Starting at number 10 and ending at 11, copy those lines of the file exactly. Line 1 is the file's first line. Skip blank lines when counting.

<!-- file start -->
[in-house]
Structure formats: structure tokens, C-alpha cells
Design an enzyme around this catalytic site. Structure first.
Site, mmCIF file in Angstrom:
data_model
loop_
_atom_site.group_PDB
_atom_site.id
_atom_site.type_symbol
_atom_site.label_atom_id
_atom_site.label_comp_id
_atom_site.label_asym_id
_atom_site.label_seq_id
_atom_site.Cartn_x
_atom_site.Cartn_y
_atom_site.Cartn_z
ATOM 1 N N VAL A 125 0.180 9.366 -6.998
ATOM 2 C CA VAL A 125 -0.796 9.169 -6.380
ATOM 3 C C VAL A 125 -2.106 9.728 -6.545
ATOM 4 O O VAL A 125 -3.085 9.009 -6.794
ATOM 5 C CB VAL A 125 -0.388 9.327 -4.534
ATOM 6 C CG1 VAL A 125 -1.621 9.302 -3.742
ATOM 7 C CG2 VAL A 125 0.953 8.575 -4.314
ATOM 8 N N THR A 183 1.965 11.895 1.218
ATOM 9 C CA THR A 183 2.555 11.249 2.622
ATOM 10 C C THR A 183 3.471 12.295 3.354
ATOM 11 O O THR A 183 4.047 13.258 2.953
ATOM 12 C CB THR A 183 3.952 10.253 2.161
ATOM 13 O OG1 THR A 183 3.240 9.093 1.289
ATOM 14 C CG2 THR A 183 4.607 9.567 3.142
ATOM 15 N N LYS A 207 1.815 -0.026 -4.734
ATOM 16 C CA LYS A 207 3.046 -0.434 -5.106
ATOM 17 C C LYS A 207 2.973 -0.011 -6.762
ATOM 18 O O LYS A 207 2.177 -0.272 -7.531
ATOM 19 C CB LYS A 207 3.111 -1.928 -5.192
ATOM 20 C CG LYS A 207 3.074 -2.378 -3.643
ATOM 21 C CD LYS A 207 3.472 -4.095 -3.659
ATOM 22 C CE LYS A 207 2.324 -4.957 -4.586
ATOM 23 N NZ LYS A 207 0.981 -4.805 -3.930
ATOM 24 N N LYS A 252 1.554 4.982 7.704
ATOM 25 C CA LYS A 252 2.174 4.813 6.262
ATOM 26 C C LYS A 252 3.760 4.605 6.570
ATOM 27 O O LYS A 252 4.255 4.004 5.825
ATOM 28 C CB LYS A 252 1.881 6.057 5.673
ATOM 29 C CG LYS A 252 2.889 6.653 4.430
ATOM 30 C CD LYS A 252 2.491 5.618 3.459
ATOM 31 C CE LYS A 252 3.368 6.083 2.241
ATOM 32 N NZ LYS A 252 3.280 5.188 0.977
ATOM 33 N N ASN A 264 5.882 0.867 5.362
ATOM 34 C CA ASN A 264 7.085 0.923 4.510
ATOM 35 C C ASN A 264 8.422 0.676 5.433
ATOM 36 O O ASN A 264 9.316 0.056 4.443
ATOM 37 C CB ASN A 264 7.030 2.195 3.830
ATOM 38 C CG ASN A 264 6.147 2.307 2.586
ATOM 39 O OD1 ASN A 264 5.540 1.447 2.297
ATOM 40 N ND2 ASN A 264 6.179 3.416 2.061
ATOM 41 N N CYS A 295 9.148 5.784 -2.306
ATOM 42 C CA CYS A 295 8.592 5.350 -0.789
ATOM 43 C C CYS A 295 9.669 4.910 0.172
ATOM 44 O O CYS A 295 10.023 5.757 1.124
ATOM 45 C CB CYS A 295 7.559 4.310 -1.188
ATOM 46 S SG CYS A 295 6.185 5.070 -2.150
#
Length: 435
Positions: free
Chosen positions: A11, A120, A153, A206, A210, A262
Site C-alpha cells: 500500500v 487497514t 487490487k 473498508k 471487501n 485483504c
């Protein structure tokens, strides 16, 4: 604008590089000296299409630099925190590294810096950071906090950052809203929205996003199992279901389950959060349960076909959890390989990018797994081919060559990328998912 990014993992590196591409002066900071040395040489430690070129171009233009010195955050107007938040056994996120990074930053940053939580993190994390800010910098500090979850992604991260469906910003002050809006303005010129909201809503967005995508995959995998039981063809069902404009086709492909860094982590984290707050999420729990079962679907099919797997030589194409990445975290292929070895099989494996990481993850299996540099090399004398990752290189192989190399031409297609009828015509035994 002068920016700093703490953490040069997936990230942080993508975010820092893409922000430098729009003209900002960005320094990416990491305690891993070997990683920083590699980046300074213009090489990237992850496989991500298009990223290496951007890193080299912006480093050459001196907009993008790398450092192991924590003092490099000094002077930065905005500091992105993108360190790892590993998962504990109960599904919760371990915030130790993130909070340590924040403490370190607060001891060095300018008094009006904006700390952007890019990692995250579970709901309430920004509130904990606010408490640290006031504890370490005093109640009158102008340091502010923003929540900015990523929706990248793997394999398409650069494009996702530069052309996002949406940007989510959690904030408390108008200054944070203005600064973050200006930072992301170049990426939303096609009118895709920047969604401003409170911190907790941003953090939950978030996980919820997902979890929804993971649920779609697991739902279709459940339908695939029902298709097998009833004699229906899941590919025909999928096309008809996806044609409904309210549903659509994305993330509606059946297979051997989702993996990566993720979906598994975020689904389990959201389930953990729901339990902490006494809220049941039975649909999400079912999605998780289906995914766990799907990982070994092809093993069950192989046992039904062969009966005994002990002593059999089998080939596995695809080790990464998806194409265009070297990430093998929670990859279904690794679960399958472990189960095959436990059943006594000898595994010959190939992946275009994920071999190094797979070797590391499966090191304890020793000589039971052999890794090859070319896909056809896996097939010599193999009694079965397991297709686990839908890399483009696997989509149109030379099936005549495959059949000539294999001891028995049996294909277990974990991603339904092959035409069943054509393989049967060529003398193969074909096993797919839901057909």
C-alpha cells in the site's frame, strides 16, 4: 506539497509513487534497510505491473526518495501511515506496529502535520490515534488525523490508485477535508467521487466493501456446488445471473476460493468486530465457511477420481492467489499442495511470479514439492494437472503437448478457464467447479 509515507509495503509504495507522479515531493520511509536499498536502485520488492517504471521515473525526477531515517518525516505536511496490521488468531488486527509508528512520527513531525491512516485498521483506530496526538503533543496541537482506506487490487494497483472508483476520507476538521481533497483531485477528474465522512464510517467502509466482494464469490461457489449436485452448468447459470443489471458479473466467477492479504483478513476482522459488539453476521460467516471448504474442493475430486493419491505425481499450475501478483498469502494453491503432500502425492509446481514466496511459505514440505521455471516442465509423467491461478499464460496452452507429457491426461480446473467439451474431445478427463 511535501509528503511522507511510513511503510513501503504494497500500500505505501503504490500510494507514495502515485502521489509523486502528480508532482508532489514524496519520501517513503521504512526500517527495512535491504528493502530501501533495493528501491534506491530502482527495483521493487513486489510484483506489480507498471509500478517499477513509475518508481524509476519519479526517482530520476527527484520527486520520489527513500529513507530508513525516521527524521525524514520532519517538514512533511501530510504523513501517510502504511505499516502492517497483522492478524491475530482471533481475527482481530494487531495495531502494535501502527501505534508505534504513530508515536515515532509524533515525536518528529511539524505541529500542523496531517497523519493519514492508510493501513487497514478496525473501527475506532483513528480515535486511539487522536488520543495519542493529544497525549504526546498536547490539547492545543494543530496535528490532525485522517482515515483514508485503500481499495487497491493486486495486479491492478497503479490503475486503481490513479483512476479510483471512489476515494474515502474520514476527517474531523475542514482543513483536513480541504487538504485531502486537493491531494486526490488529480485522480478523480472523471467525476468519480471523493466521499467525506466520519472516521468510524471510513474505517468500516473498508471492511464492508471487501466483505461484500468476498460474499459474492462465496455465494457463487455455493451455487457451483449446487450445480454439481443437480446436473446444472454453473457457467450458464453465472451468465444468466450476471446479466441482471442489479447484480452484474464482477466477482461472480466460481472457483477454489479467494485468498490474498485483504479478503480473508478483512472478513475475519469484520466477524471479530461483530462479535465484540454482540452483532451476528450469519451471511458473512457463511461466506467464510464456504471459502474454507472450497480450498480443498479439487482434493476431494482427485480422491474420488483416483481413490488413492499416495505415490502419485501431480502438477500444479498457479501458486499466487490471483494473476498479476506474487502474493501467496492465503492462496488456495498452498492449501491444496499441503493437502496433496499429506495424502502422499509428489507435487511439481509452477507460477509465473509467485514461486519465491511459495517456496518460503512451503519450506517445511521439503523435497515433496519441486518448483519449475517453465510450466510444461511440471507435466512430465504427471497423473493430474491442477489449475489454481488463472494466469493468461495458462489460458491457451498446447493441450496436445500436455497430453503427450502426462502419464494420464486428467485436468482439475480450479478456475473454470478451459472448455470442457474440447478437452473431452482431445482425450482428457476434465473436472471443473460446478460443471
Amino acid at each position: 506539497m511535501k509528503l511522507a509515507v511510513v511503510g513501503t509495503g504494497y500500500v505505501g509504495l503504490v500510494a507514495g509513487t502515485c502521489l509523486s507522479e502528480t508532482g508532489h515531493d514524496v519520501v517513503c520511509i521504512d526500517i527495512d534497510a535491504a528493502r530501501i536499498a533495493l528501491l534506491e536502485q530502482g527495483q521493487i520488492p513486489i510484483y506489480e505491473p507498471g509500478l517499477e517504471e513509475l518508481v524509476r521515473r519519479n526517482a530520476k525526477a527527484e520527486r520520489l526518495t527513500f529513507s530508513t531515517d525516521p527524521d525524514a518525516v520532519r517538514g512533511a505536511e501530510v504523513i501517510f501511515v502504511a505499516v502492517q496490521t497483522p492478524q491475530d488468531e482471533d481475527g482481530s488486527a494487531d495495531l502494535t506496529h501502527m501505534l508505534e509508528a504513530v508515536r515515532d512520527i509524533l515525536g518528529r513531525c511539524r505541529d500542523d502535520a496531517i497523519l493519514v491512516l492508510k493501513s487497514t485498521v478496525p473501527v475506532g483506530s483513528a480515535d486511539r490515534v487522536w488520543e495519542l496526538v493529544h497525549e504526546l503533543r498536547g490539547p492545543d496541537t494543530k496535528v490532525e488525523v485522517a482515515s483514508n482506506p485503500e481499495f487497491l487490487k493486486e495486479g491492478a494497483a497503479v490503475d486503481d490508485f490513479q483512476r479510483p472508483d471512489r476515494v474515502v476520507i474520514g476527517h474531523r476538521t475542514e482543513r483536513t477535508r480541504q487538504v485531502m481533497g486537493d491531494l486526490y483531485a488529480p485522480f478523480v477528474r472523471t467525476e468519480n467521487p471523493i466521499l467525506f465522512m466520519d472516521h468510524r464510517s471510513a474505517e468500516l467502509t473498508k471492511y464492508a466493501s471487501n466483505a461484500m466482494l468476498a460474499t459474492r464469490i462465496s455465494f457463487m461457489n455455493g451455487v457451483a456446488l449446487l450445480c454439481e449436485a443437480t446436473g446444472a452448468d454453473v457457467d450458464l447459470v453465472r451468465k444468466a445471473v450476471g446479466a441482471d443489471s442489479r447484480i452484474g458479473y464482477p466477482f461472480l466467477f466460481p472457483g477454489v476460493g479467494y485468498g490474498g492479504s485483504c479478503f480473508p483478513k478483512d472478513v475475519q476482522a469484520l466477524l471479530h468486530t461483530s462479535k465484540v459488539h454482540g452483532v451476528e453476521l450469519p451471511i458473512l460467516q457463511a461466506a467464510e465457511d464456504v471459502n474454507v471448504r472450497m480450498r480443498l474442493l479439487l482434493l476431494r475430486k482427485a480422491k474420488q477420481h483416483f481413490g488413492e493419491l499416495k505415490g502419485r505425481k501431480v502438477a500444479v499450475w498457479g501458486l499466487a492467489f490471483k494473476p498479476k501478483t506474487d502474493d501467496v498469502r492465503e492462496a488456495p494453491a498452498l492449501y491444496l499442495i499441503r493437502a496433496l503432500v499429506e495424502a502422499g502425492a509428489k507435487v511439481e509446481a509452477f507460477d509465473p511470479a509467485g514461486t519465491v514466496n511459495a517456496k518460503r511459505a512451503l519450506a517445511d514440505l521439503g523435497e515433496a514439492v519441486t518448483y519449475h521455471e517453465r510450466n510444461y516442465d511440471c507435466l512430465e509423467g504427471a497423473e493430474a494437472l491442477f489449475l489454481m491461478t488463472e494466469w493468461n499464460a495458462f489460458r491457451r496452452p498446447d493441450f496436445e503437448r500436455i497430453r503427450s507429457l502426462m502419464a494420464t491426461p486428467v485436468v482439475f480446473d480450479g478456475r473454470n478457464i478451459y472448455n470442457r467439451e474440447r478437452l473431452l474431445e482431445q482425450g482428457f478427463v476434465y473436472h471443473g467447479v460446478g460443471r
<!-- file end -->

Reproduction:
_atom_site.label_atom_id
_atom_site.label_comp_id